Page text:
“Students can gain enough credits to almost earn an associate’s degree while they are finishing their high school courses,” she said. “We have agreements with several community colleges and four-year universities.

“If a student has a specific interest in a college that we have not signed an agreement with, we will reach out to that school and try to sign an agreement for that student,” Davis added.

To enter the dual enrollment program, a student must be at least 15, have taken the ACT and scored at least 19 in math and 18 in English and have a GPA of 2.5 or higher. Students must also meet the admissions standards of the college awarding the credit.

LAVCA’s guidance team approves participation in the program and can be reached at 877-490-3596 to answer questions about admission standards and provide other information about the dual enrollment program.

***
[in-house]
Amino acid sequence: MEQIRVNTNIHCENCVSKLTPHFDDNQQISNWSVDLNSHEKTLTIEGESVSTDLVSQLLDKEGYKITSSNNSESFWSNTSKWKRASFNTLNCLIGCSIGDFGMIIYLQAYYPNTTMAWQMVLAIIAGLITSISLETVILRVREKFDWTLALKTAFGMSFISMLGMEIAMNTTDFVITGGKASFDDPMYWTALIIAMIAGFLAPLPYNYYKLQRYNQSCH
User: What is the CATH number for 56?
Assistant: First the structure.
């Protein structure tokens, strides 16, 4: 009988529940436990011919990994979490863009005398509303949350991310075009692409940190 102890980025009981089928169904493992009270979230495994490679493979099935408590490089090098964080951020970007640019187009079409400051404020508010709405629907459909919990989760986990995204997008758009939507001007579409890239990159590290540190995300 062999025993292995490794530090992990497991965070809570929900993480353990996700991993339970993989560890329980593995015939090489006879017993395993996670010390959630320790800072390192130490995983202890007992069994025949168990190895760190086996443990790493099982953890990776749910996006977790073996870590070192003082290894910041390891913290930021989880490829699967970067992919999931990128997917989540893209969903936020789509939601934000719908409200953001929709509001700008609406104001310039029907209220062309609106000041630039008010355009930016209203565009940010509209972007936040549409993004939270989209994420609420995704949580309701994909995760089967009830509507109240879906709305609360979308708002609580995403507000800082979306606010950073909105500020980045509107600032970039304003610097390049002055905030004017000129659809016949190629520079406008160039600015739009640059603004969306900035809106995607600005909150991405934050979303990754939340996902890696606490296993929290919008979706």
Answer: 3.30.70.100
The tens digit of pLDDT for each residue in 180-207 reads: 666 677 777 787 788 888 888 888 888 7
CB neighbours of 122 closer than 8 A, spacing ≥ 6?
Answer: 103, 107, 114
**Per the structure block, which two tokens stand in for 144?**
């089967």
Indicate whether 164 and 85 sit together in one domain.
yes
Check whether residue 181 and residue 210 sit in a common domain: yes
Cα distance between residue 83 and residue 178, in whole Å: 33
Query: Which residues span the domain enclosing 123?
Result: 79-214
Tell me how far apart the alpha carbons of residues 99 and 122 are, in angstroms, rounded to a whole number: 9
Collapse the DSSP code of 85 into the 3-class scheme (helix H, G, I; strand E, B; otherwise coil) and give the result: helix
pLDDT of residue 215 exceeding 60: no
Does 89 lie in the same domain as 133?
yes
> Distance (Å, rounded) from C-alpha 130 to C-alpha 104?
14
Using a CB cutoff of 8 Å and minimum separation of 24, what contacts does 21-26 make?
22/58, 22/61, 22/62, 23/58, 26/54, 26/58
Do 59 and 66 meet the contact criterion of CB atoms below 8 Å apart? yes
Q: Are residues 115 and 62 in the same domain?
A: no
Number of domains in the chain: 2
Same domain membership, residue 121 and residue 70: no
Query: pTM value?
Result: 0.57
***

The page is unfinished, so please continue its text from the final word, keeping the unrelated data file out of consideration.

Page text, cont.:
The school also offers once-a-month field trips that allow the online students to interact with their classmates.

Davis said LAVCA is tuition-free, but there could be individual fees -- such as cap and gown fees for graduating seniors, prom fees, etc., “just like in a brick-and-mortar school.”

LAVCA’s “Head of School” is Danielle Scott Johnson.

The school has an enrollment of about 1,900 and has a waiting list at this time.

Davis said parents can call 504-322-7543 for more information. Applications are completed and filed online.

She said the application portal will reopen in November for applications for the Spring semester.

“We generally have openings in January,” she said.